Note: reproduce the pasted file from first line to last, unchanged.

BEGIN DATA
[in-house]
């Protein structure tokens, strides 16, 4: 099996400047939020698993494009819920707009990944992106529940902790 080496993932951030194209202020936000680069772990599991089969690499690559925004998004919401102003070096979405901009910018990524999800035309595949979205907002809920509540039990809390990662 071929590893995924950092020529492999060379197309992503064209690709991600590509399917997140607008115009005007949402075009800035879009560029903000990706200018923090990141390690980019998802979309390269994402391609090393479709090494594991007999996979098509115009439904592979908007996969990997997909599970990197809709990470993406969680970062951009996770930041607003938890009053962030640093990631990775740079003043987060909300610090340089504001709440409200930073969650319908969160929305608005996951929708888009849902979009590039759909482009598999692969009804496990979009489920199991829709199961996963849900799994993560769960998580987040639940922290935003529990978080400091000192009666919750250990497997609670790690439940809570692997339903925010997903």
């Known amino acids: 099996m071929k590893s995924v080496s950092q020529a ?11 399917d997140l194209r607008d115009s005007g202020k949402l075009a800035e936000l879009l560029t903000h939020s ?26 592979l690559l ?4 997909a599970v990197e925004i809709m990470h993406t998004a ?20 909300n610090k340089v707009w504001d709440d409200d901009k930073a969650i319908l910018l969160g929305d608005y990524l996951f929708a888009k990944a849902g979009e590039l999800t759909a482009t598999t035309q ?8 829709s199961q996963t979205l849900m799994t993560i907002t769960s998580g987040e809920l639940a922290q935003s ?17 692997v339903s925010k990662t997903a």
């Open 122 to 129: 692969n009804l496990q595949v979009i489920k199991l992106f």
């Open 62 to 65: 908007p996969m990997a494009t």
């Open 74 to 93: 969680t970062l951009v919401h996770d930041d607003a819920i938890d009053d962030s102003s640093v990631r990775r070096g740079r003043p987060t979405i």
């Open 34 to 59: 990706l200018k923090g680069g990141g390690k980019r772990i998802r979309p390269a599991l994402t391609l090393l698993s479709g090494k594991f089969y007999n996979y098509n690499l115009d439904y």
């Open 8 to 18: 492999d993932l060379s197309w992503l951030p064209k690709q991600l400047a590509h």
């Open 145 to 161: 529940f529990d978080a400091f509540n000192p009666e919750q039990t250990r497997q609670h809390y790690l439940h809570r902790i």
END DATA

[in-house]
């Protein structure tokens, strides 16, 4: 099996400047939020698993494009819920707009990944992106529940902790 080496993932951030194209202020936000680069772990599991089969690499690559925004998004919401102003070096979405901009910018990524999800035309595949979205907002809920509540039990809390990662 071929590893995924950092020529492999060379197309992503064209690709991600590509399917997140607008115009005007949402075009800035879009560029903000990706200018923090990141390690980019998802979309390269994402391609090393479709090494594991007999996979098509115009439904592979908007996969990997997909599970990197809709990470993406969680970062951009996770930041607003938890009053962030640093990631990775740079003043987060909300610090340089504001709440409200930073969650319908969160929305608005996951929708888009849902979009590039759909482009598999692969009804496990979009489920199991829709199961996963849900799994993560769960998580987040639940922290935003529990978080400091000192009666919750250990497997609670790690439940809570692997339903925010997903």
């Known amino acids: 099996m071929k590893s995924v080496s950092q020529a ?11 399917d997140l194209r607008d115009s005007g202020k949402l075009a800035e936000l879009l560029t903000h939020s ?26 592979l690559l ?4 997909a599970v990197e925004i809709m990470h993406t998004a ?20 909300n610090k340089v707009w504001d709440d409200d901009k930073a969650i319908l910018l969160g929305d608005y990524l996951f929708a888009k990944a849902g979009e590039l999800t759909a482009t598999t035309q ?8 829709s199961q996963t979205l849900m799994t993560i907002t769960s998580g987040e809920l639940a922290q935003s ?17 692997v339903s925010k990662t997903a």
């Open 122 to 129: 692969n009804l496990q595949v979009i489920k199991l992106f």
């Open 62 to 65: 908007p996969m990997a494009t």
């Open 74 to 93: 969680t970062l951009v919401h996770d930041d607003a819920i938890d009053d962030s102003s640093v990631r990775r070096g740079r003043p987060t979405i």
């Open 34 to 59: 990706l200018k923090g680069g990141g390690k980019r772990i998802r979309p390269a599991l994402t391609l090393l698993s479709g090494k594991f089969y007999n996979y098509n690499l115009d439904y």
């Open 8 to 18: 492999d993932l060379s197309w992503l951030p064209k690709q991600l400047a590509h």
């Open 145 to 161: 529940f529990d978080a400091f509540n000192p009666e919750q039990t250990r497997q609670h809390y790690l439940h809570r902790i």